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Why Gloria Vanderbilt Did Not Leave an Inheritance for Son Anderson Cooper

ETOnline logo ETOnline 6/18/2019 Antoinette Bueno‍
Anderson Cooper, Gloria Vanderbilt are posing for a picture © Getty

Anderson Cooper has always been content making his own money.

The 52-year-old journalist's mother, artist and heiress Gloria Vanderbilt, died on Monday after a battle with stomach cancer. But although Vanderbilt was wealthy due to her successful business ventures as well as her late father being financier Reginald Vanderbilt, the heir to a railroad fortune, Cooper made it clear in a 2014 interview that his mother was not leaving him a trust fund.

"My mom's made clear to me that there's no trust fund. There's none of that," Cooper told a shocked Howard Stern during his appearance on the host's Sirius XM show. " ... I'm doing fine on my own. I don't need any."

He went on to explain why he didn't mind his mother not leaving him her considerable fortune.

"I don't believe in inheriting money," he said. "I think it’s an initiative sucker, I think it’s a curse. Who's inherited a lot of money that has gone on to do things in their life? From the time I was growing up, if I felt like there was some pot of gold waiting for me, I don't know if I would have been so motivated."

Cooper also pointed out that his mom made more money by herself than she inherited.

"We believe in working," he noted. "She's the coolest person I know. She really is."

Vanderbilt inherited a trust fund that was worth $5 million in 1925 (roughly $70 million today) after her father's death, and according to celebritynetworth.com, was worth $200 million at the time of her death.

The late heiress made it clear throughout her life that she valued making her own money. In a 1985 interview with The New York Times, she said, "I'm not knocking inherited money, but the money I’ve made has a reality to me that inherited money doesn’t have."

In a 2016 interview with CBS This Morning, Cooper said that both he and his mother didn't have much of a connection to the wealthy Vanderbilts.

"That name Vanderbilt has such baggage with it, such history, and I'm very glad I don't have that name, and my mom never felt much connection to the Vanderbilt family and I certainly didn't," Cooper said, noting that he always identified more with his late father, writer Wyatt Emory Cooper's, more down-to-earth roots in Mississippi. "One of the happiest days for my mom, she called me and said, 'Somebody just referred to me as Anderson Cooper's mom.' Very happy that she's reached that stage of life."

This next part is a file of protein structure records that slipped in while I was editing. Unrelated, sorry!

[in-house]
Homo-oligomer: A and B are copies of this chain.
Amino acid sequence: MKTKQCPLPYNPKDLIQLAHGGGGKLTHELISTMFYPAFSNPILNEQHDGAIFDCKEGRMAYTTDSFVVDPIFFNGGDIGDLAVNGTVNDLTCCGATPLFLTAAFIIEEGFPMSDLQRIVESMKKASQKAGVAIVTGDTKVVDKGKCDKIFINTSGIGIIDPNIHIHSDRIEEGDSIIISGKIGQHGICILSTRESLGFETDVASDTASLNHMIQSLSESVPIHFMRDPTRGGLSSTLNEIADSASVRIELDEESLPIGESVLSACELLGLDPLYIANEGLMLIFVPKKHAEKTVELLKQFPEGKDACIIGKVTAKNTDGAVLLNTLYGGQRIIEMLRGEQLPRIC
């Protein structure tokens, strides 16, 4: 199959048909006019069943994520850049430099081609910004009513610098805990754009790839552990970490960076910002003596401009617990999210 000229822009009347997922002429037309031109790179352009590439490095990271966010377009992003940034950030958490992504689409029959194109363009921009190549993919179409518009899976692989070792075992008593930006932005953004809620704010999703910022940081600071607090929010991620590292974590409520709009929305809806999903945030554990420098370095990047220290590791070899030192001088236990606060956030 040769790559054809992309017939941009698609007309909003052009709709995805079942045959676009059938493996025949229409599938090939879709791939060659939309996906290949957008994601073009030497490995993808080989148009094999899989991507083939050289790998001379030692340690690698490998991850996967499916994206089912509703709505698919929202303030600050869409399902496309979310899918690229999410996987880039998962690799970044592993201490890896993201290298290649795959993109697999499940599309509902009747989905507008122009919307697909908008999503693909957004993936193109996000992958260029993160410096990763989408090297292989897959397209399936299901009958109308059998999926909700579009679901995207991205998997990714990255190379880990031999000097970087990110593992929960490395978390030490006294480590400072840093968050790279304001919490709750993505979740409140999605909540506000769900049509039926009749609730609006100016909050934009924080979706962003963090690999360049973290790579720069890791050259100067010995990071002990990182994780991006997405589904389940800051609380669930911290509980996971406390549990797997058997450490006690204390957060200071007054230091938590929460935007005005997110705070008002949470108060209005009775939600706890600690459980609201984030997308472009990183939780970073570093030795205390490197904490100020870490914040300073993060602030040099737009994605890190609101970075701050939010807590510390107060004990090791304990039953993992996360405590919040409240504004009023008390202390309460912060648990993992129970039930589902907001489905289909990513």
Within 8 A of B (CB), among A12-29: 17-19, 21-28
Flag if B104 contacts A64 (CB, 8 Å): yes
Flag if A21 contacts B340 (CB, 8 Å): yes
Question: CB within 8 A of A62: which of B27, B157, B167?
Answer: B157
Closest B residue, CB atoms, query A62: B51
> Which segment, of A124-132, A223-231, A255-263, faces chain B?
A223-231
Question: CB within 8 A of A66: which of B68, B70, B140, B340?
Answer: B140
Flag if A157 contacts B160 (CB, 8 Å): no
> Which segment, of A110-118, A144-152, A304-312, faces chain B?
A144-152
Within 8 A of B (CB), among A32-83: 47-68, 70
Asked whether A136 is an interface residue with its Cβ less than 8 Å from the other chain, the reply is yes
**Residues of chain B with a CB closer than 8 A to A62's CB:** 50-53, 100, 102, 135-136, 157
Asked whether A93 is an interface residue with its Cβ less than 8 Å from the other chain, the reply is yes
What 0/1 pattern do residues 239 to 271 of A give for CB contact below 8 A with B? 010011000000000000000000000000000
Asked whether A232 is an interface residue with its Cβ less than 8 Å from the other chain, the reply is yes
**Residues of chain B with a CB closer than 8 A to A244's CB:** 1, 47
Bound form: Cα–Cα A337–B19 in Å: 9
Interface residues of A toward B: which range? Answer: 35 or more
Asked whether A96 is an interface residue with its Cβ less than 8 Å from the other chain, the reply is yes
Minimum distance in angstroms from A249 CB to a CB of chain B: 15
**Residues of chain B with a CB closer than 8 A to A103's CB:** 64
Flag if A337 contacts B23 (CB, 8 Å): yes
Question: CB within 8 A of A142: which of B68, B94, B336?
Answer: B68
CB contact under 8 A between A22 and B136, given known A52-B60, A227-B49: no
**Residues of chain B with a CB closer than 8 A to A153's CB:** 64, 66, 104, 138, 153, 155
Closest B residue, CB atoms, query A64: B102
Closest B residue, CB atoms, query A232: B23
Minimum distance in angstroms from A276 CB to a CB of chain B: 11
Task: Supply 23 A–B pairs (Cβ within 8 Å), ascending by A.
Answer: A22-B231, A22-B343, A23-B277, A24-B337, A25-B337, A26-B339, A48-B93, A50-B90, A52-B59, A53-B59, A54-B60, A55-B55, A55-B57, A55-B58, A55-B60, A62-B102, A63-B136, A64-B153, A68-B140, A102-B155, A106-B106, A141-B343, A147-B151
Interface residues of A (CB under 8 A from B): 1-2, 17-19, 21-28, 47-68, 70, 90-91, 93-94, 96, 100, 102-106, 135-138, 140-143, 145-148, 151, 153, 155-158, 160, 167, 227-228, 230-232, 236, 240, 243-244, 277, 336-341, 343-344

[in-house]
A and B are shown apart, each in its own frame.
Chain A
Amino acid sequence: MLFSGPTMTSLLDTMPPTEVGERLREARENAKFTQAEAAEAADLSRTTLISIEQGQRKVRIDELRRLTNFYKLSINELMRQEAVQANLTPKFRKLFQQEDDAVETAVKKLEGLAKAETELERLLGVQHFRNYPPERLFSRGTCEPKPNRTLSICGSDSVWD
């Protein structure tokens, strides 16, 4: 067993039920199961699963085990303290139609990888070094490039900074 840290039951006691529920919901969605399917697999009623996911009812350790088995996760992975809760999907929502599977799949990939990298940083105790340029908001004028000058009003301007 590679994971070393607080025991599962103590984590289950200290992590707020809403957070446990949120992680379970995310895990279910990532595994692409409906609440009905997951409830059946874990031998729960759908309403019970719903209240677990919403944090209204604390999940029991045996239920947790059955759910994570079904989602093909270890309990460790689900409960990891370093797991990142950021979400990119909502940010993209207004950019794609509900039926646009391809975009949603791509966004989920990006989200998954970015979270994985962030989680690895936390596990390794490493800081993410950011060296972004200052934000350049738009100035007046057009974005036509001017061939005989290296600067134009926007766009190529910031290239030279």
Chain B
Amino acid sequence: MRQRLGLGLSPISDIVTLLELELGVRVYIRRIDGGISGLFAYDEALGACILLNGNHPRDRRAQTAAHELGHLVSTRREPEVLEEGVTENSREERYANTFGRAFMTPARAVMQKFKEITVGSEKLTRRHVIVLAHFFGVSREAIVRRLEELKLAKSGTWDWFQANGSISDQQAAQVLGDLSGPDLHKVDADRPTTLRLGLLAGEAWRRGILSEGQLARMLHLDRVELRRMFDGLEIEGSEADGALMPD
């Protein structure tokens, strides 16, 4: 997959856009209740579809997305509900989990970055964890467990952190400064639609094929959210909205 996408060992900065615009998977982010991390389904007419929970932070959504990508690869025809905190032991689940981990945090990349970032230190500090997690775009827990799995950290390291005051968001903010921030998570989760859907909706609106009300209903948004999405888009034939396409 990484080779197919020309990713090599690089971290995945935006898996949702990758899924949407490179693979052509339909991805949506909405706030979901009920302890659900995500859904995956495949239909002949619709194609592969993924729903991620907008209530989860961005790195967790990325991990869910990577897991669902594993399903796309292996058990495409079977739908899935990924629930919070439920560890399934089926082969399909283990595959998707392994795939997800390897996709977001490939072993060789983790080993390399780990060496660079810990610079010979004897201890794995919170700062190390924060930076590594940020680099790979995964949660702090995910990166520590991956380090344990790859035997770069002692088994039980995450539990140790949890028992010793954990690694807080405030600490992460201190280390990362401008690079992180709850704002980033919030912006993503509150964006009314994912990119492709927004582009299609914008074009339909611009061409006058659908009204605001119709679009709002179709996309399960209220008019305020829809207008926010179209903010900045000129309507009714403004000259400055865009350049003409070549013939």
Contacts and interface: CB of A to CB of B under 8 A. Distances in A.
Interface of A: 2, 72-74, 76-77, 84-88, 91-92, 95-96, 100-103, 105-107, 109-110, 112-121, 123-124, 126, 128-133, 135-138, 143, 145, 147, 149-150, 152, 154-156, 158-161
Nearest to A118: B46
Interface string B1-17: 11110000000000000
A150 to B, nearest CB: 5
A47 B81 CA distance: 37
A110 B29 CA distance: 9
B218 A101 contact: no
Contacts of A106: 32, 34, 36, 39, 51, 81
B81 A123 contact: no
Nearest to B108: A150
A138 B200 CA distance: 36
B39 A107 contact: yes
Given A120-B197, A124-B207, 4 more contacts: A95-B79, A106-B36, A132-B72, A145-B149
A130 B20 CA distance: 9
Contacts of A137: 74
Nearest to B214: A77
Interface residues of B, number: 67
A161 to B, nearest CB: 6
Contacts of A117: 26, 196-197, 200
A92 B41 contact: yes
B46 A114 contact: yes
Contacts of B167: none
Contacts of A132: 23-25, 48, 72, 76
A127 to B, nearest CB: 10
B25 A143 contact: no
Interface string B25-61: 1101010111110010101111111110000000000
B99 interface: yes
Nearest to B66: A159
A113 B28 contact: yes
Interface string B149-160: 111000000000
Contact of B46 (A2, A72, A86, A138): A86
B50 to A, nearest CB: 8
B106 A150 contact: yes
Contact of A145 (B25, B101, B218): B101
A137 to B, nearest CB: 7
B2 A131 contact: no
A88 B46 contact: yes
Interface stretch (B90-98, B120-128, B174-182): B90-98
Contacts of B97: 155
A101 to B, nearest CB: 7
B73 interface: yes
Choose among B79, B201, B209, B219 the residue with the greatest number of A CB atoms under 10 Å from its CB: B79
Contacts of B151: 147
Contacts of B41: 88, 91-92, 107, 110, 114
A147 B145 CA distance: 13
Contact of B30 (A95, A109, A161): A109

In Cooper's moving on-air eulogy for his mother, he talked about her complicated past.

"Gloria Vanderbilt lived her entire life in the public eye," he said while narrating a touching video. "Born in 1924, her father, Reginald Vanderbilt, was heir to the Vanderbilt railroad fortune, but gambled away most of his inheritance, and died when my mom was just a baby. Gloria Morgan Vanderbilt, her mother, wasn't ready to be a mom or a widow."

"My mom grew up in France, not knowing anything about the Vanderbilt family or the money that she would inherit when she turned 21," he continued. "She had no idea the trouble that money would create."

Her family name continued to affect her as she grew up, after a judge granted custody to her aunt when she was 10 years old -- whom she barely knew at the time -- and fired her beloved nanny, whom she was close to. The intense custody battle was dubbed "The Trial of the Century."

"As a teenager, she tried to avoid the spotlight, but reporters and cameramen would follow her everywhere," Cooper shared. "She was determined to make something of her life, determined to make a name for herself and find the love and family that she so desperately craved."

For more on Vanderbilt's extraordinary life as well as her and Cooper's unconventional mother-son relationship, watch the video below:

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Related slideshow: In Memoriam 2019: Remembering the stars we lost (Provided by Photo Services):


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